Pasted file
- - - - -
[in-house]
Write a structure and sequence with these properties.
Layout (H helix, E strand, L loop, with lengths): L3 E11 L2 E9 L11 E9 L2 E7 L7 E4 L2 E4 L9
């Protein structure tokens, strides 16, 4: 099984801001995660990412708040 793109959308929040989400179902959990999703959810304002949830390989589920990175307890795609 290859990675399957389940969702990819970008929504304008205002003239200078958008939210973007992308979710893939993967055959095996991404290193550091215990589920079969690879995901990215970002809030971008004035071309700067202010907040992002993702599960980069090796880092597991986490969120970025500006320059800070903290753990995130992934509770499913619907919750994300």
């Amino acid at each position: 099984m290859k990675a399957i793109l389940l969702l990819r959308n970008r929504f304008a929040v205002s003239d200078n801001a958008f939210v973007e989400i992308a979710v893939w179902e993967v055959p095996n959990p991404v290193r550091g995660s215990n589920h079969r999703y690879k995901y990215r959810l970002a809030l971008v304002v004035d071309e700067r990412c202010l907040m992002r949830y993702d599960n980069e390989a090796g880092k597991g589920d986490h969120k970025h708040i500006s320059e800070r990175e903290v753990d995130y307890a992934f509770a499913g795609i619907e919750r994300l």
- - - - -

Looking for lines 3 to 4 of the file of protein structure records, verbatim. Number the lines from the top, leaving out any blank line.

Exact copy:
Layout (H helix, E strand, L loop, with lengths): L3 E11 L2 E9 L11 E9 L2 E7 L7 E4 L2 E4 L9
């Protein structure tokens, strides 16, 4: 099984801001995660990412708040 793109959308929040989400179902959990999703959810304002949830390989589920990175307890795609 290859990675399957389940969702990819970008929504304008205002003239200078958008939210973007992308979710893939993967055959095996991404290193550091215990589920079969690879995901990215970002809030971008004035071309700067202010907040992002993702599960980069090796880092597991986490969120970025500006320059800070903290753990995130992934509770499913619907919750994300």